Unexpectedly, in RNS60-treated C57BL/6-SOD1G93A mice, higher level of p-Akt was present not only in viable motor neurons but also by GFAP-positive reactive astrocytes in the ventral horn of lumbar spinal cord at the time when the motor neurons were protected, and muscle paralysis was delayed. This may appear counterintuitive because reactive astrocytosis is considered a hallmark of neuronal death. It has been demonstrated, however, that not all astrocytes are intrinsically neurotoxic for motor neurons as the total ablation of proliferating astrocytes did not slow the disease progression and motor neuron loss in SOD1 mutant mice [54]. Likewise, a focal degeneration of astrocytes has been reported in concomitance with the loss of motor neurons in SOD1G93A mice, and their protection through metabotropic GluR5 receptor inhibition significantly delayed the onset of the disease [55]. These protective astrocytes appeared as spheroid GFAP-positive cells that existed together with typical reactive astrocytes [55]. Interestingly, many p-Akt-positive astrocytes in RNS60-treated mice appeared with similar spheroid morphology. This suggests that RNS60 may have prevented the degeneration of these focal astrocytes through the activation of p-Akt, thus promoting motor neuron survival. Since the level of the astrocyte specific glutamate transporter 1 (GLT1), a key factor in the control of excitotoxicity, is increased by the activation of the Akt pathway [56], this could be a potential mechanism for the MN protective effect of RNS60. The exact mechanism by which RNS60 activates Akt in astrocytes is presently unknown. Studies in vitro have demonstrated that IGF1 is a potent activator of Akt in astrocytes during oxidative stress and that this is a key mechanism for IGF1 to induce neuroprotection against oxidative stress injury [57]. Thus, it is possible that even in the presence of the pro-oxidant SOD1G93A, the activated astrocytes in the spinal cord of RNS60-treated mice may acquire a neuroprotective function through the activation of Akt. Whether this may be mediated by IGF1 or other factors needs to be investigated.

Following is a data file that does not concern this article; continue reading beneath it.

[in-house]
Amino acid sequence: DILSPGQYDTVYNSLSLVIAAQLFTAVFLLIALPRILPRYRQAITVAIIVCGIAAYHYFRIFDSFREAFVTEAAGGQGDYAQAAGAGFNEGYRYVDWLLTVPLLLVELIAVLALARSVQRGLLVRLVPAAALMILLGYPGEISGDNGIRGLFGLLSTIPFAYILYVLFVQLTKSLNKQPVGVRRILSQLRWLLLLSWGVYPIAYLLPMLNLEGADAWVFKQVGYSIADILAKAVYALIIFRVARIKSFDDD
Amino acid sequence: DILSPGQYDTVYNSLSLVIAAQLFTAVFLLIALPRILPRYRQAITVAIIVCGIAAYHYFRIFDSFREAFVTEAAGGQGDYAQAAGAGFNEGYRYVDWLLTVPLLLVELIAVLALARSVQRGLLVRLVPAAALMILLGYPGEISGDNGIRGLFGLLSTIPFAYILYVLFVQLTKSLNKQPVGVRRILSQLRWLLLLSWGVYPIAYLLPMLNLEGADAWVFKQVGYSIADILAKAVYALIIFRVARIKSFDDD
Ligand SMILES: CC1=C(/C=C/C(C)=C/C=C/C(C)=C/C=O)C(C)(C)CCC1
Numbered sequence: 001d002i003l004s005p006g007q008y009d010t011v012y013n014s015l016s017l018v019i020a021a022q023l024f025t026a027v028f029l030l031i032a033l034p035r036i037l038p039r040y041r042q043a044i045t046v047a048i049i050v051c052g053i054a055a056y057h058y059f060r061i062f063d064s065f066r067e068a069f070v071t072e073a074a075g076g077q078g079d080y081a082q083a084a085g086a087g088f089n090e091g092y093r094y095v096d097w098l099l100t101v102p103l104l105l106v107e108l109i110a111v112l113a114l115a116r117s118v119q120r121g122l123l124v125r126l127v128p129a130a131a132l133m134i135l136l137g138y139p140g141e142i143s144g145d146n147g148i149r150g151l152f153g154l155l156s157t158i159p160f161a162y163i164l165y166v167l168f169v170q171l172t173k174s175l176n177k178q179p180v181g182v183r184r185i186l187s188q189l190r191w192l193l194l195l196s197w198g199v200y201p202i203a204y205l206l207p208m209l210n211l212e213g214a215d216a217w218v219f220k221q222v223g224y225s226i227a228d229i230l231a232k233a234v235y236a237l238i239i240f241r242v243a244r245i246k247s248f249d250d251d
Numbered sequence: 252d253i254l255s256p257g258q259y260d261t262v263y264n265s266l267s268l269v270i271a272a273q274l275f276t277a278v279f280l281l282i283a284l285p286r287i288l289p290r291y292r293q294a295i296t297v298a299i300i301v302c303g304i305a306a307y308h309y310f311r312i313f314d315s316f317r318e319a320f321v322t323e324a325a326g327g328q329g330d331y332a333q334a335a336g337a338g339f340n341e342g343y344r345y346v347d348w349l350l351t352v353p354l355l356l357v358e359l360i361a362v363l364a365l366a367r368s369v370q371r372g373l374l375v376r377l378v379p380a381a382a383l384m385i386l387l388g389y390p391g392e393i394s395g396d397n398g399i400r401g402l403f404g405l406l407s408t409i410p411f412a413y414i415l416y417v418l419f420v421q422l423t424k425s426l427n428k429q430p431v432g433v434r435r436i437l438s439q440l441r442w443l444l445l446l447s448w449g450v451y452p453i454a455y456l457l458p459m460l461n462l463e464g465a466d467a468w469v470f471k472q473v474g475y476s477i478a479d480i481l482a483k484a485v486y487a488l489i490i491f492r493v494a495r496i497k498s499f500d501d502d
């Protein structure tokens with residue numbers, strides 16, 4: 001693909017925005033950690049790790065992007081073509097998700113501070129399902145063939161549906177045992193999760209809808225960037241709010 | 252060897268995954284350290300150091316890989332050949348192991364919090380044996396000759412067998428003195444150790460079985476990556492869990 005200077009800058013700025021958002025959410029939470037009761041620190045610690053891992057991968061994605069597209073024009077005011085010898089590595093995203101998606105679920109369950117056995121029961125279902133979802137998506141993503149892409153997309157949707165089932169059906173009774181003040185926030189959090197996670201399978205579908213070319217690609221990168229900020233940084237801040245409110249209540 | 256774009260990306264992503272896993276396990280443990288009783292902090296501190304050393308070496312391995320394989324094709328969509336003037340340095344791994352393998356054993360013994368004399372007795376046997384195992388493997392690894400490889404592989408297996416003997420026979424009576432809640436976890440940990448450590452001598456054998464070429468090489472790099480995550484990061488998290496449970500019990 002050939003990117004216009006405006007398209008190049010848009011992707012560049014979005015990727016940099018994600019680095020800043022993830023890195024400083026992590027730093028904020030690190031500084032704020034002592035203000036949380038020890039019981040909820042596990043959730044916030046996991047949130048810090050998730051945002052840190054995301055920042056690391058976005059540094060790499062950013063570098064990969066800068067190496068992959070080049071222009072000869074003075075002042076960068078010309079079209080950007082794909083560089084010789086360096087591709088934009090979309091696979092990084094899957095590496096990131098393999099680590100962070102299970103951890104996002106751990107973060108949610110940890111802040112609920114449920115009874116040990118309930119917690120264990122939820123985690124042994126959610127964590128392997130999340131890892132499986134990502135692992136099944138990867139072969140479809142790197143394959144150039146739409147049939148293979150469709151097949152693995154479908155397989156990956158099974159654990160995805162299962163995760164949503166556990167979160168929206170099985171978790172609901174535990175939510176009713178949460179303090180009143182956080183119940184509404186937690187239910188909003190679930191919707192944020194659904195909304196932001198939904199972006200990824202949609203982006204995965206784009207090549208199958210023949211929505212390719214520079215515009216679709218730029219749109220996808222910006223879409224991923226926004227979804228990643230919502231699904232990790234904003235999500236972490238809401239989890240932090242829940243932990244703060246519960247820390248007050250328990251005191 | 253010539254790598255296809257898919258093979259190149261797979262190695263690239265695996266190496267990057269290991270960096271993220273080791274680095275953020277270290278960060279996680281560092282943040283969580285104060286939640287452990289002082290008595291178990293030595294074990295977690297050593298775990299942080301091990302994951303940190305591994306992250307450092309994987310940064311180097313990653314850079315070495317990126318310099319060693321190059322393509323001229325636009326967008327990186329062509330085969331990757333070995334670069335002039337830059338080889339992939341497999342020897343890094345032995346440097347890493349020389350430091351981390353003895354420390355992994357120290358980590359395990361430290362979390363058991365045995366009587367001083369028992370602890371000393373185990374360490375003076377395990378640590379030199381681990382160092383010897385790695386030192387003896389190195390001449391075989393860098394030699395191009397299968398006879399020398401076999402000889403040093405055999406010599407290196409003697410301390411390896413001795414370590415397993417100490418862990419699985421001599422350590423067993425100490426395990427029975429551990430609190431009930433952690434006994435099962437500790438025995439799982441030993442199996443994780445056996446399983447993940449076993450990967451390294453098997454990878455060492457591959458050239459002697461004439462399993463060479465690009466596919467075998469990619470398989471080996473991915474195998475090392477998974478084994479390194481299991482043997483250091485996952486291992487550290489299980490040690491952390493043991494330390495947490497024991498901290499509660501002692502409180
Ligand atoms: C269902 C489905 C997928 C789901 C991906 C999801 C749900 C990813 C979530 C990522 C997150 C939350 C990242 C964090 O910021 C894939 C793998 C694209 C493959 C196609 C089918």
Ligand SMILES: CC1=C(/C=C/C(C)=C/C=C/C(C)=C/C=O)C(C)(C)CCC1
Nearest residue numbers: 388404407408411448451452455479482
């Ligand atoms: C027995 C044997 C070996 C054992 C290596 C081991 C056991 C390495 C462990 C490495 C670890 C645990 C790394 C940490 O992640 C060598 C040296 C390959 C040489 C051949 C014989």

In addition to the increase of astrocytes, the number of CD68-positive microglia in the spinal cord of RNS60-treated C57BL/6-SOD1G93A mice was also increased. CD68 is expressed on phagocytic cells that can adopt a protective M2 phenotype in response to injection of anti-inflammatory IL-4 [58]. Interestingly, we detected a concomitant increase of IL-4 in the lumbar spinal cord of RNS60-treated mice. In addition, the reduction of Ym1, a marker of the M2 microglia phenotype in SOD1G93A mice, was reverted by the treatment with RNS60 while the pro-inflammatory cytokines IL-1β and CCL2 remained unchanged. We also observed activation of Akt in CD68-positive microglial cells only in RNS60-treated mice. This is consistent with the observation that the PI3K/Akt pathway and its downstream targets have emerged as central regulators of M2 phenotype activation in macrophages/microglia [59]. For example, HDAC inhibitors have been shown to polarize microglia toward M2 by enhancing PI3K/Akt signaling in a model of severe traumatic brain injury preventing white matter damage [60]. Interestingly, Akt activation in macrophages was associated with reduced M1 markers and disease severity in a mouse model of EAE [61].